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Maina: The lessons Nigerians must learn

Nigeria went into overdrive penultimate Friday after news broke that embattled former Chairman of Presidential Task Force on Pension Reforms, Abdulrasheed Maina, had not only sneaked back into the country but had indeed been prodigally reabsorbed into the federal civil service. The man, who fled abroad in 2013, had that same year not only been dismissed by Federal Civil Service Commission on the recommendation of Office of Head of the Civil Service of the Federation, OHCSF but also declared wanted by Economic & Financial Crimes Commission, EFCC. He remains so to this day!

The weekend his Nicodemus recall news broke, the pendulum of the ensuing blame game, a trademark Nigerian factor, swung between the Ministry of Interior where he had been recalled and promoted acting Director of Human Resources and the Ministry of Justice; with OHCSF in the middle. It looked like it was going to be a long thing until President Muhammadu Buhari rather uncharacteristically let out word the following Monday. Spokesman Femi Adesina wrote that the president had directed for Maina to be immediately re-dismissed from service and for a full report from Head of the Civil Service of the Federation, Mrs. Winifred Ekanem Oyo-Ita.

That may well be the last we would hear of the matter, at least under this administration known for its penchant for voicemailing even perceived question marks or stains on its anti-corruption integrity. Osinbajo Investigative Panel Report on the suspended SGF Lawal Babachir, and DG Ayo Oke of NIA (fingered in grass-cutting contract and stupendous cash claim scandals, respectively) submitted since August remains unpublished. Those who know insist it’ss taking forever because government’s looking for how best to give both men what Nigerians call soft landing.

If or when that happens, no Nigerian who didn’t just fall from the sky would raise eyebrows; because soft landing has almost always been how successive Nigerian governments treated beloved citizens in whom they were well pleased, anytime they were caught fouling the air of the law. It was so in our military heyday; it has been so since democracy returned. It is so now; it would always be so until the country is raptured by the change that citizens so earnestly signed up for in 2015.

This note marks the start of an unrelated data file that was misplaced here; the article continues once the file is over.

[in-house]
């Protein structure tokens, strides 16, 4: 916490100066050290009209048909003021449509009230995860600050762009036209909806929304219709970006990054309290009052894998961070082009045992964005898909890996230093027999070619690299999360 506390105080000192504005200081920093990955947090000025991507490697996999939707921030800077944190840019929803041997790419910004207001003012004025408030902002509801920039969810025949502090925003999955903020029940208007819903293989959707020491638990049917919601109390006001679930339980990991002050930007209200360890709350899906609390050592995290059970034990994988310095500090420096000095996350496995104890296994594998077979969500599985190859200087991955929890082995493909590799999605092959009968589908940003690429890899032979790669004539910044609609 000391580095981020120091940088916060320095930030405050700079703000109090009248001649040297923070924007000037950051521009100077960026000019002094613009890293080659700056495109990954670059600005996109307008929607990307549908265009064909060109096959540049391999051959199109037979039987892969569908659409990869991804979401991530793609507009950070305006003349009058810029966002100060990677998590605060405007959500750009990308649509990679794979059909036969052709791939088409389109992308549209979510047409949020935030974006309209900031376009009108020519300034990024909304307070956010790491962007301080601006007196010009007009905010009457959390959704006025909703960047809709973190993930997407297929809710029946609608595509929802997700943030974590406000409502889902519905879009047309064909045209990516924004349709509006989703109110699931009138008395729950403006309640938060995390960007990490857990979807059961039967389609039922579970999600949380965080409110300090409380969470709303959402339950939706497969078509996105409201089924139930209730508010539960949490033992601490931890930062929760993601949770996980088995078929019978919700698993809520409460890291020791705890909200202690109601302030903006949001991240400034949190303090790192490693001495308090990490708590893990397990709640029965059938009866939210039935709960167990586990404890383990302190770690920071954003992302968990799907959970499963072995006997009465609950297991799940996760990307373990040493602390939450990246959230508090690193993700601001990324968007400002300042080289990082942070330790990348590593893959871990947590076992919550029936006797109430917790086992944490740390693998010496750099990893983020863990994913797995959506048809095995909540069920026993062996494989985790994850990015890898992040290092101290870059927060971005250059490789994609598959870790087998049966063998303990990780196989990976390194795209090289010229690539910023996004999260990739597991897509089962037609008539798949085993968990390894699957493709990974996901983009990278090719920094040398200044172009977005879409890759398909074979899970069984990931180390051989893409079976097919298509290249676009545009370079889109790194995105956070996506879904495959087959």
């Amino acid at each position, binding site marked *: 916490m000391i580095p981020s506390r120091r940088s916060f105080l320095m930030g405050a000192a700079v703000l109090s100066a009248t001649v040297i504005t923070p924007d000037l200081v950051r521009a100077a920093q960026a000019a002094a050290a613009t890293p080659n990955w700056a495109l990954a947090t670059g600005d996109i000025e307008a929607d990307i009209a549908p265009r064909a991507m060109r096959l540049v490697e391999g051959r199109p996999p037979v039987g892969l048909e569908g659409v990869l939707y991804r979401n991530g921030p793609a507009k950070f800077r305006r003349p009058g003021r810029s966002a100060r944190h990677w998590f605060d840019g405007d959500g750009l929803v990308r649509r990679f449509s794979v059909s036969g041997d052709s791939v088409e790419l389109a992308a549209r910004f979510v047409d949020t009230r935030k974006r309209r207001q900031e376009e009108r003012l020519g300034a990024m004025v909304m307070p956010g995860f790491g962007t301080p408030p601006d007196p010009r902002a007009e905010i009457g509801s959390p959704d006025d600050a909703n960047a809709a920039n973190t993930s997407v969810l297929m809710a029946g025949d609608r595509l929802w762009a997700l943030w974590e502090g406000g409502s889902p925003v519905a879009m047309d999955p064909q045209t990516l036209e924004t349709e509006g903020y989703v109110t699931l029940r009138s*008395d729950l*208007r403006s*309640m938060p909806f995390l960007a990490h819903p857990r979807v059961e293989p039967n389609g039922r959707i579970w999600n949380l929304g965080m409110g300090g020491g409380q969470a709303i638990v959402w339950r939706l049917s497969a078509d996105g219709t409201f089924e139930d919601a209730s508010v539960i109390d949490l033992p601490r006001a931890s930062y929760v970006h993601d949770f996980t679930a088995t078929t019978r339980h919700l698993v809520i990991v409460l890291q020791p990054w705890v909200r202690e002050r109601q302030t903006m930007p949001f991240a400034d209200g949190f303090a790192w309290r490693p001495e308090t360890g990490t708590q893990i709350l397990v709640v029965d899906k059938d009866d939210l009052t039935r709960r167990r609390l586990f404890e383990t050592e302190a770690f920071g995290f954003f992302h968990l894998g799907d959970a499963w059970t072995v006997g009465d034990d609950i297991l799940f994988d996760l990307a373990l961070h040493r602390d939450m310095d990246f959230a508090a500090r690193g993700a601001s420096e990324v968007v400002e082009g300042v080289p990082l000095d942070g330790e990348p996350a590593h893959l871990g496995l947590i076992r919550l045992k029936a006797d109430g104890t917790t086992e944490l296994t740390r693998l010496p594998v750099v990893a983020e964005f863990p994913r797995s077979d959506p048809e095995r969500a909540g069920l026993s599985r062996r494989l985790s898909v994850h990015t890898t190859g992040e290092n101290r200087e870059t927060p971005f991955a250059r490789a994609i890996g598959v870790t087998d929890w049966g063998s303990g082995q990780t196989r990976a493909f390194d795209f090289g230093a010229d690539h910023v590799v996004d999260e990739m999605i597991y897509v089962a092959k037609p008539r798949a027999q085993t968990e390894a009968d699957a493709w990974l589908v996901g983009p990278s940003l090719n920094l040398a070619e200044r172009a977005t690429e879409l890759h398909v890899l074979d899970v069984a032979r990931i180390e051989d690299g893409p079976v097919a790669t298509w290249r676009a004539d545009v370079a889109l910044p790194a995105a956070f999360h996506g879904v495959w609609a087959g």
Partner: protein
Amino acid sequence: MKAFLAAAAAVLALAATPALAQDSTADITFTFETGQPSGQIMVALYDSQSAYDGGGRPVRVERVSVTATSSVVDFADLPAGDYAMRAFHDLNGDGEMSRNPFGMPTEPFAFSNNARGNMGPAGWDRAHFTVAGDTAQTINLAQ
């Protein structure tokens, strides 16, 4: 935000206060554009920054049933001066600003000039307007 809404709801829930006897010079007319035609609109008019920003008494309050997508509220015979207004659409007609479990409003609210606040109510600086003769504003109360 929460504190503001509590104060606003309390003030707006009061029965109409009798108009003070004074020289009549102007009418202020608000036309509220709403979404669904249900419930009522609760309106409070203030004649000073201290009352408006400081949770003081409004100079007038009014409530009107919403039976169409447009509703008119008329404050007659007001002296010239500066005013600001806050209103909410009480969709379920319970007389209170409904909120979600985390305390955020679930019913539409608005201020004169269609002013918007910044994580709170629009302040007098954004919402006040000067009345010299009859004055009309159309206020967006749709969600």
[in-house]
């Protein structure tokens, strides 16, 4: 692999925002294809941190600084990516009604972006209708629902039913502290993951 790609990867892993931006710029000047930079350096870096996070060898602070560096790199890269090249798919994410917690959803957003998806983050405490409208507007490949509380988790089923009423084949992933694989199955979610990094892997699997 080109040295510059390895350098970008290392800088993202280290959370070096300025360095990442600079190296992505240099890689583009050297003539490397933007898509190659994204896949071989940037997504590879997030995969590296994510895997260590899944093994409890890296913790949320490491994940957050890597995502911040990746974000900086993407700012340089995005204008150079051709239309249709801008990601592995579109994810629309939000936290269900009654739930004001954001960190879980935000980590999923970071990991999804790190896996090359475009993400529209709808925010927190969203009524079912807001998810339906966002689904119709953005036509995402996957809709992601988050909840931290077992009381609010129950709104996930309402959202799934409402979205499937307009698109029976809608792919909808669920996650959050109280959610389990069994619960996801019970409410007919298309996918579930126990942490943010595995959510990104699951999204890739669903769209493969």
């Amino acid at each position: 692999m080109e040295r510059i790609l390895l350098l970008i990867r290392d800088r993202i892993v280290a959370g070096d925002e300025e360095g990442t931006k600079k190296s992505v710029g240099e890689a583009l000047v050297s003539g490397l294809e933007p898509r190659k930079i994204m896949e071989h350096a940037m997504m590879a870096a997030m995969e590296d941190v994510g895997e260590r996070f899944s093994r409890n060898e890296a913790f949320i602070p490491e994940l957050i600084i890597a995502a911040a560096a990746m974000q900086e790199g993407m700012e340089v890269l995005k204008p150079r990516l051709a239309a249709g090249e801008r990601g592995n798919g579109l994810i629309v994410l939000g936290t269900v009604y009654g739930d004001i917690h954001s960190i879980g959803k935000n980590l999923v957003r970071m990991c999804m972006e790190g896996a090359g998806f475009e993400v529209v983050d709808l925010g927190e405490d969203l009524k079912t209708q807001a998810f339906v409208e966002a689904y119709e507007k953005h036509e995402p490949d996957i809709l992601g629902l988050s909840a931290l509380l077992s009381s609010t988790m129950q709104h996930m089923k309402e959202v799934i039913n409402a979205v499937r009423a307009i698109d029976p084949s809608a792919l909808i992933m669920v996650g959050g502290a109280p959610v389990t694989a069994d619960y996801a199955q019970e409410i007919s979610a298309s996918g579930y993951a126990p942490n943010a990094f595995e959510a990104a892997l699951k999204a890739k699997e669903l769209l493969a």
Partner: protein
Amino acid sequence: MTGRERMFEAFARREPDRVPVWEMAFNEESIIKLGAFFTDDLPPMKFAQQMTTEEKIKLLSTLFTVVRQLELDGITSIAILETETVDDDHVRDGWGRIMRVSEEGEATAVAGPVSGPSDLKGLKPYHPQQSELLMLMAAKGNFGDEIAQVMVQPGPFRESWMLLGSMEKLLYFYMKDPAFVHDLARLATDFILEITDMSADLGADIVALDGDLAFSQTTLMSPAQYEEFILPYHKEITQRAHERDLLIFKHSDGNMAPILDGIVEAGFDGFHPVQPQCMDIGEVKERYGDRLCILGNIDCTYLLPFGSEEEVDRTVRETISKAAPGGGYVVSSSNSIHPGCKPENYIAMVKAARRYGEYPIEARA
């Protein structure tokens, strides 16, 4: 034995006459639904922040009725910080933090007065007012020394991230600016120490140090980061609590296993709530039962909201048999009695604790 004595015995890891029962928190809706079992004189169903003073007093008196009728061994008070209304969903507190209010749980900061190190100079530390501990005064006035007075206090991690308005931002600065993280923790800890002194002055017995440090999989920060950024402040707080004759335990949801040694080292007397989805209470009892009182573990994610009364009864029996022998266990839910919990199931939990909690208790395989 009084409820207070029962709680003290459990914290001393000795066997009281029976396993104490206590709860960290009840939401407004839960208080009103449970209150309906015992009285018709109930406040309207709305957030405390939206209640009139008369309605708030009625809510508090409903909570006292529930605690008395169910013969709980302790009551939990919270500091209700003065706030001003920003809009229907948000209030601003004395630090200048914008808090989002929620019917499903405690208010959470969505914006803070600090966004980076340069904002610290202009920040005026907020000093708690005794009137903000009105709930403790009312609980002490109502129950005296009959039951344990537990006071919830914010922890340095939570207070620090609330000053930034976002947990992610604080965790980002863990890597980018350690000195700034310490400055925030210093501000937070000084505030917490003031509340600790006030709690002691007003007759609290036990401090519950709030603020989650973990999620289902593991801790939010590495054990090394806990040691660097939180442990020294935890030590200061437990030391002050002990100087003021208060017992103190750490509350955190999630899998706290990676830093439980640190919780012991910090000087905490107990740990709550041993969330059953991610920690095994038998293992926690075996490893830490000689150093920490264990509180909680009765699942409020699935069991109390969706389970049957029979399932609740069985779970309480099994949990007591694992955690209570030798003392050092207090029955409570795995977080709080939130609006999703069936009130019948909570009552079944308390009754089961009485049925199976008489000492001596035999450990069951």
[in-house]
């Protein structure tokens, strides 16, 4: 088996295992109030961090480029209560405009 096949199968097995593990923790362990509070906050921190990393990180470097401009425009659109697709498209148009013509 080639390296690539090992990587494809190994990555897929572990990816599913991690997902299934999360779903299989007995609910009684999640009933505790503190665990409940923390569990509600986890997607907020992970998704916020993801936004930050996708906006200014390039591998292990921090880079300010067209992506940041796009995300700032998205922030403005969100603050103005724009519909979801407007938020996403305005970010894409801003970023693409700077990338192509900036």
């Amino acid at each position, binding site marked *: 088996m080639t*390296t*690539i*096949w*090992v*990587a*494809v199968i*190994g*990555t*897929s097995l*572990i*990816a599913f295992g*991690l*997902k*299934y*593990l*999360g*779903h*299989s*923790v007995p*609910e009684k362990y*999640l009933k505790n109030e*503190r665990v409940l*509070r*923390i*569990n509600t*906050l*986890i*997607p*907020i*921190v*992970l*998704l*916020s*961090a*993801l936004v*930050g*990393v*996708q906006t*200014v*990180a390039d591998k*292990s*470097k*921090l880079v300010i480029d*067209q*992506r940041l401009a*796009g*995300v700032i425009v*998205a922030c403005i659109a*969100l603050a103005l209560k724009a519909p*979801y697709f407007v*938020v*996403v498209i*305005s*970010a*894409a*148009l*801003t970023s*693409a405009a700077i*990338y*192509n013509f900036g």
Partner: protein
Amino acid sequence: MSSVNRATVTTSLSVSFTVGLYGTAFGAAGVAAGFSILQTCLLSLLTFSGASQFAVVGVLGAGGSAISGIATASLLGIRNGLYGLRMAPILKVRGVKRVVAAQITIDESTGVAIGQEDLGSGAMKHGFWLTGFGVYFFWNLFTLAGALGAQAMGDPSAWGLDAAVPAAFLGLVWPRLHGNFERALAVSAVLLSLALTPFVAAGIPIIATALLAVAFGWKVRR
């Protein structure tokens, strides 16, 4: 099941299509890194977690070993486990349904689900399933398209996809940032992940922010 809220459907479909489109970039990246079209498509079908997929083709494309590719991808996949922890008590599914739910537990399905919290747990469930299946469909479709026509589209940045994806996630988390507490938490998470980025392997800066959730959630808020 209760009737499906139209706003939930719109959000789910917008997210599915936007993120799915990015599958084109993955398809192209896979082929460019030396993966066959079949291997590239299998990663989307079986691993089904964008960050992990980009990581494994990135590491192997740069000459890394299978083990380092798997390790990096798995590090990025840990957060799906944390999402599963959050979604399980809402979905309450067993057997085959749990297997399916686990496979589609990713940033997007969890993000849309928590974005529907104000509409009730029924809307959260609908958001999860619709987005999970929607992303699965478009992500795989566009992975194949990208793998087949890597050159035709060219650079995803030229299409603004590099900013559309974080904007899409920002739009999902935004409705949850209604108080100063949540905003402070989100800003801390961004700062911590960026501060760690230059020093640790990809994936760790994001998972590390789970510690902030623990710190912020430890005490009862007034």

From the foregoing, one deduces that those angling for Maina to be brought to book are waiting for Godot. Or, how on earth did the strong man of pension, a wanted man, move in and out of the country without being detected? The report that the president expects from the civil service boss would certainly indict one or two heavyweights of the system. By the Nigerian mentality, releasing such a report would insult those senior special citizens and also stain what has desperately always been intended to be this administration’s lone trump card: immaculate reputation.

Therefore, instead of dissipating so much energy on Mainagate that would likely anti-climax as much ado about nothing, citizens should focus on gleaning the many lessons embedded therein. In doing so, we may gain much needed insight into the real truth and force majeure of the Maina pension story, matters arising as well as powers-that-be who erred. It is the only way to find out whether the Maina brand is a fraud or it’s just corruption fighting him back.

Cutting through all the noise, I have sifted the following lessons:

One: Nigeria needs a platform where citizens who fear for their lives could tell their side of the story in safety and freedom. It is possible that powerful pension interests hurt by Maina are after him!

Two, we must exorcise our security organs of corruption. The ability of a so-called fugitive to exit or enter the country at will speaks to our porous borders and the fact that those who can afford it can receive safe passage by the same agents paid to arrest them!

Three: enough of our hypocritical belief that President Buhari or any leader for that matter can go it alone. It is silly to expect that the president should know everything going on in Aso Rock Villa, let alone in the different ministries and nationwide. Nigeria should create layers of checks and balances rather than wait to shame one leader whose lieutenants may occasionally derail. Blaming Dr. Goodluck Jonathan for what Mrs. Diezani Allison is alleged to have done, or Chief Olusegun Obasanjo for say, Alhaji Tafa Balogun is to continue encouraging aides to do evil!

Four, Nigeria needs to close each case per time. There are too many unfinished businesses of corruption or criminality all over the country. Is it fair to punish the accused in a matter that has not been conclusively decided? We all point the finger at Maina, but has the court given a conclusive say-so in our support?

Five, the best time to sing-praise any leader or administration is afterwards. No savvy, but I have always felt that those of us dancing azonto for the anti-corruption drive of this government should wait until its successor unearths nothing horrible being perpetrated right now.

Of course, there are other lessons to learn from the Maina imbroglio, the clearest being that Buhari and Company are not a team nor do they have strategists and fixers. If the governing party wanted the Borno man as his next state governor, it should quietly first have ensured that he faced the courts and come clean. Even EFCC should also recalibrate its puerile antics: for crying out loud, did Chairman Ibrahim Magu not know about recently-seized Maina mansions all this while? Are these confiscations an order of a court of competent jurisdiction? What guarantees exist that these loud seizures won’t be returned quietly soon? God bless Nigeria!    

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